The revolutionary events of 1917 did not leave the Tobolsk Province unaffected; however, there were neither armed conflicts nor serious political declarations. After October 1917, revolutionary socialists took over control of the province. The Bolsheviks, at that time, did not play any serious role. They came to power only in late February 1918, when five Red Army squads arrived from Yekaterinburg and Omsk in Tyumen, Yalutorovsk, and Ishim, and seized railway stations, post-offices, telegraph stations, banks, etc. Martial law was introduced in the cities, and contributions were taken from local representatives of the bourgeois class. The center of the province was moved from Tobolsk to Tyumen. On 3 April 1918, the Provincial Council was created, with Bolshevik N.M. Nemtsov as its first Chairman.
In 1917–18, the family of Nikolai Romanov was kept under arrest in Tobolsk. From there, the Romanovs were transferred to Yekaterinburg and executed.
Till summer 1919, Tobolsk Tyumen) Province was under control of Kolchak. In August 1919, the 51st Division led by V.K. Blyukher occupied Tyumen, Yaliutorovsk, and Tobolsk. Hostilities in the north of the province were mostly conducted by partisans under command of P.I. Loparev. Battles with military units of the White Army continued in the north until March 1920.
The policy of ‘military communism’ as adopted by the Soviet government was severely opposed by Siberian peasants. In January 1921, the largest in Russia uprising against the Bolsheviks after the end of the civil war broke out in the region. The insurgents cut off railway communications. Tobolsk, Surgut, Berezovo, and Obdorsk (Salekhard) were seized. The insurgents were assaulting Ishim; their forces were at a distance of four kilometers from Tyumen. The struggle was conducted with unusual ferociousness on the part of the opponents. Regular units of the Red Army took part in crushing the uprising; they used armored trains, the navy, etc. The last seats of the uprising were suppressed as late as 1922.
At the time of the Soviet system, the territory of Tyumen region underwent several administrative and territorial reorganizations. In 1930, two national districts (the Ostyako-Voguljky District and the Yamalo-Nenets District) were formed in the Obsky North. In the formation of the districts, the authorities based their decisions on the prevailing share of indigenous populations in their territories (approximately 50 per cent in the Ostyako-Voguljky District, and over 70 per cent in the Yamalo-Nenets District).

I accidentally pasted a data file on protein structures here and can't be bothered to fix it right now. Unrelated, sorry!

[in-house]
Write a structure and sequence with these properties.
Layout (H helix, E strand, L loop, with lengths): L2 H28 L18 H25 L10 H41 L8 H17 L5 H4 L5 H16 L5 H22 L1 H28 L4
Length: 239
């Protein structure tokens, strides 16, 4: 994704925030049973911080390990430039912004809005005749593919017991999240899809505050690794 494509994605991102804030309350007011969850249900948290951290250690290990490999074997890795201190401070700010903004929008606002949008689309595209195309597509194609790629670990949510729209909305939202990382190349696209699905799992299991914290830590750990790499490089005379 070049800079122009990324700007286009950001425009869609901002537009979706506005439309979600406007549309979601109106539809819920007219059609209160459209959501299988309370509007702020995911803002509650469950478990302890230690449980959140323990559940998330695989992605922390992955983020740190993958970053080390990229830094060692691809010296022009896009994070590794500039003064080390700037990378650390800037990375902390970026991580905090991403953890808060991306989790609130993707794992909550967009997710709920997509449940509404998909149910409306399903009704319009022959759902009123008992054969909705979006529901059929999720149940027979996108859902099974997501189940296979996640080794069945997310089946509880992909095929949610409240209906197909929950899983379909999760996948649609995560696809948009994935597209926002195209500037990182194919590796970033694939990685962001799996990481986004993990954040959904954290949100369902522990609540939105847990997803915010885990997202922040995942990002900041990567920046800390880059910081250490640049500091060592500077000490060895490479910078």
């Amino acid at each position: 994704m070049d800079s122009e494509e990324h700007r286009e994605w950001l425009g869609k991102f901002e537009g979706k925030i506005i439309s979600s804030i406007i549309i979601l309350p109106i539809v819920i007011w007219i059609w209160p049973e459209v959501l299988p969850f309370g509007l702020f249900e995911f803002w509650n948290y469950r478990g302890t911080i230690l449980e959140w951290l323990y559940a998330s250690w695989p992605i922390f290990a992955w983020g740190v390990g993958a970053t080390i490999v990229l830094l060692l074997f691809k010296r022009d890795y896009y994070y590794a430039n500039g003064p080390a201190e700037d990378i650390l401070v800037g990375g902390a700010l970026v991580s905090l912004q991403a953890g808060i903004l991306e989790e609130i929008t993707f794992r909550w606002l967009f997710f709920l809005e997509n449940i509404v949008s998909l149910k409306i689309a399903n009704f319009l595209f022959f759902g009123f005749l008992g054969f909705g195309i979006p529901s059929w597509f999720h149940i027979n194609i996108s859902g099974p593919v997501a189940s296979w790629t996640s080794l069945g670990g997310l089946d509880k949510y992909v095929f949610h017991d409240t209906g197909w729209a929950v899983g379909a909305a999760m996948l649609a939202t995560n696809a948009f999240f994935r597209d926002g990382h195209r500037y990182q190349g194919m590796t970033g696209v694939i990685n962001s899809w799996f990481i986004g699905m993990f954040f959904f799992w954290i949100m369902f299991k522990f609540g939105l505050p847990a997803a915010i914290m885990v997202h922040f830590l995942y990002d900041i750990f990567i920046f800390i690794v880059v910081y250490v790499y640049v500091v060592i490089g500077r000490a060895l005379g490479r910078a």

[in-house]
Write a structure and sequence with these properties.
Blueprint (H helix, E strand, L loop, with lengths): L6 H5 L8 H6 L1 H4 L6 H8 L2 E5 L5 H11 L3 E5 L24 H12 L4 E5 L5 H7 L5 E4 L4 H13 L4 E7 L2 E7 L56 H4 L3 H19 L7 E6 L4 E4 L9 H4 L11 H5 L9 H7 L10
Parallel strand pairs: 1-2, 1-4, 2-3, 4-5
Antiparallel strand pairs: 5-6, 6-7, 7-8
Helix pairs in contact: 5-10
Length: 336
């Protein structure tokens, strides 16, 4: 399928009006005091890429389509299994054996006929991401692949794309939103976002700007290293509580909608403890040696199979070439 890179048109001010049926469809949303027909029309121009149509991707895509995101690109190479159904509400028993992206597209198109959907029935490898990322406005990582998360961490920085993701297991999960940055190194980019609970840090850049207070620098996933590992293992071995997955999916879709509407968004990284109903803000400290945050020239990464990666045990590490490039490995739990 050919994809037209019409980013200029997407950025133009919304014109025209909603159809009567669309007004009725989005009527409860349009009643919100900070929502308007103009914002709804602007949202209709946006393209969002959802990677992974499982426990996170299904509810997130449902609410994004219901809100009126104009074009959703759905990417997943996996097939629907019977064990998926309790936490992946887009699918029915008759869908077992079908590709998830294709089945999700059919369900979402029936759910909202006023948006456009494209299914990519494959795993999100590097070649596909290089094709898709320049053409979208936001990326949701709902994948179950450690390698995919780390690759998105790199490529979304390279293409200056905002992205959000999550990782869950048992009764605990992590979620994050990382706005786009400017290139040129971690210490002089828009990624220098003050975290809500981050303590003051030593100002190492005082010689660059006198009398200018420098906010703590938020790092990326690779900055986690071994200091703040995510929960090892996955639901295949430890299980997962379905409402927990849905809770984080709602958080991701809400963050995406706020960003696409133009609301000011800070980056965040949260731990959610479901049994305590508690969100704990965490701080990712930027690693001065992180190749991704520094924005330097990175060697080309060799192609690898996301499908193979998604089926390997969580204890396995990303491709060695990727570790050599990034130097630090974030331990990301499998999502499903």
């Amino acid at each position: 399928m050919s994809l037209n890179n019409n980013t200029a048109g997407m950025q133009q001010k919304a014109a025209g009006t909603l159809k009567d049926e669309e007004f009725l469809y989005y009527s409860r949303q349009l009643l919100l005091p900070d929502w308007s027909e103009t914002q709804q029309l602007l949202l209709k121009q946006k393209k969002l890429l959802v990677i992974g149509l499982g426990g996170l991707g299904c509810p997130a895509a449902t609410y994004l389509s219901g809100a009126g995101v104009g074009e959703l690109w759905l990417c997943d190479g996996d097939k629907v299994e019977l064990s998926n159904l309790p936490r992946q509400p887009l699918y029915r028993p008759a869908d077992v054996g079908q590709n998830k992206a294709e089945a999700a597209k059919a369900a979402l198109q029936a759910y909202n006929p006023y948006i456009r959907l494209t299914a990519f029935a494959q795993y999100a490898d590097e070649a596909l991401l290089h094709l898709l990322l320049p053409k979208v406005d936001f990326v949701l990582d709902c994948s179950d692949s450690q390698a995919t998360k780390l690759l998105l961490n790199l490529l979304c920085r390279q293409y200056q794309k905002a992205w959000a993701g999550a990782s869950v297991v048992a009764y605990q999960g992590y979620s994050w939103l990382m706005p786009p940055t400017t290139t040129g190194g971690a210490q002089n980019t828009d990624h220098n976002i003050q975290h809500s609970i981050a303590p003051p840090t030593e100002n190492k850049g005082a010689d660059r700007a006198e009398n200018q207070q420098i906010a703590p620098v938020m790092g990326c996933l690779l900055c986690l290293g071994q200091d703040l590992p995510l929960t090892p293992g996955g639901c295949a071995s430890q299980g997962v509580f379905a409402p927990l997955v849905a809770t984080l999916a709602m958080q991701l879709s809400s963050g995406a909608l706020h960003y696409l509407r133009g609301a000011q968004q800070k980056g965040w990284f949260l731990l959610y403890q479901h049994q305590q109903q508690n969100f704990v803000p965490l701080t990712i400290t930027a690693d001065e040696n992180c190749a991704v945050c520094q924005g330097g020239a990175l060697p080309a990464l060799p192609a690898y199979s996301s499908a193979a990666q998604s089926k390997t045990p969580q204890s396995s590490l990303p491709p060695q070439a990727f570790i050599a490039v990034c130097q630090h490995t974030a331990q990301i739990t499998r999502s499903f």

Like at the pre-revolutionary time, the region was a place of exile. The GULAG system was developing in the north. The notorious Construction Works No.501 and No.503 were conducted in the territory of Tyumen region.
In the 1920s through to 1940s, the territory remained mostly agricultural. Collectivization became the principal reform in this sphere.
With the outbreak of the Great Patriotic War, the entire economy of the region was militarized. Industrial facilities, scientific institutions, and several ministries and authorities were evacuated to the cities of the Tyumen region. Hospitals were also arranged here. Beginning from summer 1941, the body of V.I. Lenin was kept in Tyumen.
Ninety persons born in Tyumen region became Heroes of the Soviet Union; 90 thousands were awarded the Medal for Labor Merit; 70 thousands became recipients of military decorations.
An important event in the life of the region took place on 14 August 1944. That was the formation of Tyumen region with the city of Tyumen as its center. The Area comprised also the Khanty-Mansi District and the Yamalo-Nenets District.
In 1964, a new page in the history of the Tyumen region was opened. The ‘discovery of the century’, i.e. the discovery of oil and gas fields, provided the basis for creation of the world’s major oil and gas facilities. The development of oil and gas fields radically changed the life in Tyumen region. New cities emerged (such as Novy Urengoy, Nadym, Noyabrsk, and others).
In a record-setting short time, Tyumen region became the principal oil-and-gas energy base of the country. In the late 1980s, the region annually provided the country with 400 million tons of oil and 574.2 billion cubic meters of gas. To support the strong breakthrough, there appeared powerful construction industry; research and design institutes and new universities and schools were raised. The development of natural resources in Tyumen region became a mission for the entire country. Population of the area grew dozens of times. Hundreds of thousands of people from all over the country, who had come to develop the oil and gas fields, constituted the new population of the area, which became ‘the second home region’ for them and a birth-place for their children.
Currently, Tyumen region is the largest depositary of natural resources in Russia, and one of the major ones in the world.
Residents of the region have perfect knowledge of their past, and remember it well. They believe in themselves, in their strength, and in their Motherland. Having overcome a lot of difficulties throughout the time of development of natural resources, residents of the region know that all difficulties are surmountable, and look to the future with confidence. They love their land, and wish to work faithfully for further welfare of Tyumen region.